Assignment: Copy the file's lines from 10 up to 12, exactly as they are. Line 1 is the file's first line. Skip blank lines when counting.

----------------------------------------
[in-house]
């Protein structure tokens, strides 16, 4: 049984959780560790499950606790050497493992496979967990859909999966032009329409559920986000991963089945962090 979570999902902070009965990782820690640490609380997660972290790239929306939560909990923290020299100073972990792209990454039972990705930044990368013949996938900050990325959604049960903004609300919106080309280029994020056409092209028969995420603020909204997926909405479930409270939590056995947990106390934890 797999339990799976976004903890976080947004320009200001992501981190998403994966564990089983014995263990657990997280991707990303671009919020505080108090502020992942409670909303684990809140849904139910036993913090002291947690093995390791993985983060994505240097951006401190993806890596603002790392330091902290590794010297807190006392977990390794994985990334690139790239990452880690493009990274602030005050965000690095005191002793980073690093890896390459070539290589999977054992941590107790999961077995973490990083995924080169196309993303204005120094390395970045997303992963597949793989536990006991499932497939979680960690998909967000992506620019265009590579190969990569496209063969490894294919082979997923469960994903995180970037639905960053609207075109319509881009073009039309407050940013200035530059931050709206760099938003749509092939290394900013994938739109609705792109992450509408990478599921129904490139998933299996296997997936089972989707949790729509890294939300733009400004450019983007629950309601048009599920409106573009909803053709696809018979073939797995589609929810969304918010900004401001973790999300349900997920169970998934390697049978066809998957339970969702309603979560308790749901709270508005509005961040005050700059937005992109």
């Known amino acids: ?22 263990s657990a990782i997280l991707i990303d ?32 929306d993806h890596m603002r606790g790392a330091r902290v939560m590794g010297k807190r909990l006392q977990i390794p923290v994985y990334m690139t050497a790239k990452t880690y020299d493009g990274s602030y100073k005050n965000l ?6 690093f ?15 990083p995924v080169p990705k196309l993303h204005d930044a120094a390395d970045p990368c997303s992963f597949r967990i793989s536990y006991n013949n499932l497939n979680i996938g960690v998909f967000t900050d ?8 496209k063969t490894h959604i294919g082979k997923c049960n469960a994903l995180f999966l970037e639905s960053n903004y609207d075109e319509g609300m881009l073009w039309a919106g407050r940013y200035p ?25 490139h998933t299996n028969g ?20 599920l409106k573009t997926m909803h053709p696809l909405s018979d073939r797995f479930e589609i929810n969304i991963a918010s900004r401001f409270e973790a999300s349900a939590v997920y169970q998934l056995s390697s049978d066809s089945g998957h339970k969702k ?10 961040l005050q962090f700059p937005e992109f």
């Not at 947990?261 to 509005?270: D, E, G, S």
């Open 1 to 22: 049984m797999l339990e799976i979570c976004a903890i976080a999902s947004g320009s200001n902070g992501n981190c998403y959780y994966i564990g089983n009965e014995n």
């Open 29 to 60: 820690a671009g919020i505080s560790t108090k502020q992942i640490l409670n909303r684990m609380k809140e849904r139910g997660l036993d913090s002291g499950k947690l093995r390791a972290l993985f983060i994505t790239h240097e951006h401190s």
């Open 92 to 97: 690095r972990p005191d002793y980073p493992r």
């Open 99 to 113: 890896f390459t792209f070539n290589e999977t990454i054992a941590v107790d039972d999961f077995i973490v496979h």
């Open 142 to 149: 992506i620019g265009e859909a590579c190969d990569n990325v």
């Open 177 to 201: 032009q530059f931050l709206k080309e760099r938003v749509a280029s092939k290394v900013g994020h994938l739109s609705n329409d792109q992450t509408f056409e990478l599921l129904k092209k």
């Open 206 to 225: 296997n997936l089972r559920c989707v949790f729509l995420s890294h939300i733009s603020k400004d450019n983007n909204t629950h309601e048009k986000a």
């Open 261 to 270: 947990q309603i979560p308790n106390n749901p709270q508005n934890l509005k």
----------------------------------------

């Open 177 to 201: 032009q530059f931050l709206k080309e760099r938003v749509a280029s092939k290394v900013g994020h994938l739109s609705n329409d792109q992450t509408f056409e990478l599921l129904k092209k």
């Open 206 to 225: 296997n997936l089972r559920c989707v949790f729509l995420s890294h939300i733009s603020k400004d450019n983007n909204t629950h309601e048009k986000a």
């Open 261 to 270: 947990q309603i979560p308790n106390n749901p709270q508005n934890l509005k």